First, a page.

HELONIAS symptoms of the homeopathy remedy from Plain Talks on Materia Medica with Comparisons by W.I. Pierce. What HELONIAS can be used for? Indications and personality of HELONIAS…



      (Helonias-eyes, helos, a marsh, because some species frequent bogs)

A peculiarity about this plant, which does not interest us as physicians, is that botanists seem disinclined to let it retain any one name for very long and have now changed the one that we use and call the plant Chamoelirium lily.

What does interest us is that the ordinary names are common to many other plants, which may o may not have similar medical properties, and the origin of the name, Devil’s Bit, that I remember it by, in the subject of more than one explanation. The version that I accept, principally because it seems to me the most plausible, is based upon a peculiarity of the root which, when cut across, shows the little rootlets freely movable in their channels of foramina (like the thread in the eye of a needle), as though they were disconnected with the rest of the root.

Legend accounts for it thus: The evil spirit angered that to root should have the power to cure all disorders – as was then supposed – bit off a portion of it so as to curtail its usefulness, hence the name Devil’s Bit (from Millspaugh).

Helonias is indigenous to North America.

It was, perhaps, first proved by Dr. Tully, in 1832, who took from 10-30 minims of the tincture of the root at a dose, but it never had the thorough proving to which it is entitled, especially by women.

Dr. S. A. Jones, who published the result of his proving in 1871, thinks that the keynote of the subjective symptoms of helonias is, “amelioration while doing something (8). The headache disappears when the attentions engaged. The pains vanish when one is busied. The sense of profound debility is lost when exercising.”.


      Helonias is essentially a woman’s remedy and it is indicated where there is muscular atony or weakness.

It is adapted to two great classes of women for those who are all tired out from doing nothing and need some new and untried form of excitement to keep them going; and for those who are all worn out from overwork, so used up that they can neither rest (160) nor sleep.

It is of value, in either sex, for the debility following exhausting diseases (156), especially diphtheria. It producers depression both of the body and the mind (155); there is profound melancholia, with “desire to be alone”(Hale) (132); they are irritable and fault-finding and intolerant of the least contradiction.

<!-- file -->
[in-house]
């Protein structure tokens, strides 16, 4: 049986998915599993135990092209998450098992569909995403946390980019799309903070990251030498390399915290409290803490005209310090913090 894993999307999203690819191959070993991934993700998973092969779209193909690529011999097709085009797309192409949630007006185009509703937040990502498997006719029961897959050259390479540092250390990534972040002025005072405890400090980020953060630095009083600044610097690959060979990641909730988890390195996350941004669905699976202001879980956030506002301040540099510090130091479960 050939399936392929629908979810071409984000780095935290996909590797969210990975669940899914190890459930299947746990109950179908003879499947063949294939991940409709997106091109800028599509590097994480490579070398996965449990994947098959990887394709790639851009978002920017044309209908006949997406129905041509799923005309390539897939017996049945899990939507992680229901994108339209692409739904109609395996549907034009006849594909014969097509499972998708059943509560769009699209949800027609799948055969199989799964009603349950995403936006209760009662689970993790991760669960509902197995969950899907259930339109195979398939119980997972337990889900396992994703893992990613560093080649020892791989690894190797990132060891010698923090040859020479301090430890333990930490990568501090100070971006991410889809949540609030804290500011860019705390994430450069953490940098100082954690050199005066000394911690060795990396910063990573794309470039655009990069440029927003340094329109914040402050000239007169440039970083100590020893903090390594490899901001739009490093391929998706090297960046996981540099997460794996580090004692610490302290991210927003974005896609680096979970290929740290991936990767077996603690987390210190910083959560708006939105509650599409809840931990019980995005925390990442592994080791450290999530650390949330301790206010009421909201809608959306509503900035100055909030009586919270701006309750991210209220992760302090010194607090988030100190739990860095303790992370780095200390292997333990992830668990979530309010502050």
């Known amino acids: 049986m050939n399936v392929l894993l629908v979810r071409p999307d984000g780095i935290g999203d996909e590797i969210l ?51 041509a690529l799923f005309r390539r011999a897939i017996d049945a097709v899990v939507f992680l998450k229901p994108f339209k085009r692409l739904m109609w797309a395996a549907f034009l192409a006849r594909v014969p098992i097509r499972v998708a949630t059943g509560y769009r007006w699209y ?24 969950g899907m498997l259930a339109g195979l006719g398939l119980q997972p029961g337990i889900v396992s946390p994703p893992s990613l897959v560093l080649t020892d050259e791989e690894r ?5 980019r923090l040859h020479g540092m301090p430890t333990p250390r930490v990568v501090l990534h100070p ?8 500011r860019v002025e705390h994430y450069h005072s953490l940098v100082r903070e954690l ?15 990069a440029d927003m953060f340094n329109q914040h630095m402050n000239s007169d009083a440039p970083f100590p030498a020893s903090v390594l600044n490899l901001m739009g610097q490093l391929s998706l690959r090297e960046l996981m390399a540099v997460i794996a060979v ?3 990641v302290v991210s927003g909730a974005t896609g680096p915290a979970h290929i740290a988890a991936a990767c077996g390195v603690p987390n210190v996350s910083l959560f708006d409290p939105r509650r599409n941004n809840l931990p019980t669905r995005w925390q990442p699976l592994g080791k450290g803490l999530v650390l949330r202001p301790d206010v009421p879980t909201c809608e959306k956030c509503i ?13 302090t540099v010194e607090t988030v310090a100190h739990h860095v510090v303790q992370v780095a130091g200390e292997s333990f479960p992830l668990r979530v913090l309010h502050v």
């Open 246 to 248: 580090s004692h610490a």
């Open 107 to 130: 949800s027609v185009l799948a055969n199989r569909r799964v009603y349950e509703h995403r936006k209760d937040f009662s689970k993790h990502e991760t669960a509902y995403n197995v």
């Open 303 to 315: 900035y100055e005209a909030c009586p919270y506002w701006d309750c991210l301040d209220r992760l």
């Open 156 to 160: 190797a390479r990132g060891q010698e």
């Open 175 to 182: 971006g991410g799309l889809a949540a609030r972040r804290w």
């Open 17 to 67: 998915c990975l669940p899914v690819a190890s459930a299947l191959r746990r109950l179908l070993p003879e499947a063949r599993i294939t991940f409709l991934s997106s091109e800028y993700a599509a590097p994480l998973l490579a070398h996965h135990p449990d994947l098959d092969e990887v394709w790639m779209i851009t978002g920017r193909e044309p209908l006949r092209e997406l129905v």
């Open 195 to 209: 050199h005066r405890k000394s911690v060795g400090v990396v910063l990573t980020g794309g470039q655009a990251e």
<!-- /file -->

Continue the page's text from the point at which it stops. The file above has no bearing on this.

Many of the symptoms calling for the remedy are reflex and due to some abnormal uterine position or condition and Dr. John H. Demarest aptly calls Helonias ” a nerve detective, on the hunt for nerves that are out gossiping instead of attending to their own business.”

The headache calling for the remedy are usually associated with uterine derangements (103) and there is a burning o the top of the head, a feeling of fullness in the head, “with pressure outward at the vertex” (Hale) (106), or as I have most frequently seen it, a sensation or pressure downward on the vertex (103).

In the mouth it has been used with success for the salivation of pregnancy (155) and for sore mouth of nursing women.

Helonias acts upon the kidneys, increasing the amount of urine and the excretion of urea (193). It has proved of value in diabetes insipidus (56), or polyuria, with great debility, and it is probably of value in diabetes mellitus (56), with thirst, emaciation, restlessness and melancholia.

One of the provers of the drug who had amorphous phosphates in the urine (200), with an alkaline reaction, found during the proving the phosphates disappeared and the urine became acid, and Helonias “is one of the few agents that can render an alkaline urine acid” (Hale).

We sometimes have, in cases requiring this remedy aching and tenderness over the region of the kidneys, with an excessive flow or urine. It is useful in acute and chronic croups nephritis (124), with frequent micturition, increased restlessness and weakness and for corpus nephritis due to pregnancy.

There are many remedies whose sphere of usefulness is limited owing to the absence of a through proving by women. Helonias stands out prominently among this number, for it has been found by clinical experience that it is of especial value in atomic conditions of the female for prolapsus of to uterus (203), with general malnutrition, and in prolapsus following parturition, with general debility and mental depression (155), and a feeling of soreness or sensitiveness of the uterus, the patient “is conscious that she has a womb.”

it is thought of for menorrhagia due to atony, what menses being “too profuse, too frequent (135) and every exhausting” (Minton (138), with increased flow from any motion (134). Before and during menstruation we may have “soreness and tenderness of the breasts and nipples”(Hering) (138).

The leucorrhoea is profuse (126) often associated with prolapsus of the uterus, and it is apt to be offensive (126).

It is to be thought of in pruritus of the vulva and vagina, with heat, soreness and swelling of the parts. and is useful in preventing miscarriage (13), in those cases where from uterine atony “it cannot hold on to the fruit of conception, but allows it to escape at the periods coinciding with the previous menstrual flow” (Hale).

With the local uterine symptoms of displacement, etc., we have pain in the lumbar region, pressure on the top of the head and sometimes a sensation of weight on the chest.

I use Helonias in the tincture.

Willard Ide Pierce
Willard Ide Pierce, author of Plain Talks on Materia Medica (1911) and Repertory of Cough, Better and Worse (1907). Dr. Willard Ide Pierce was a Director and Professor of Clinical Medicine at Kent's post-graduate school in Philadelphia.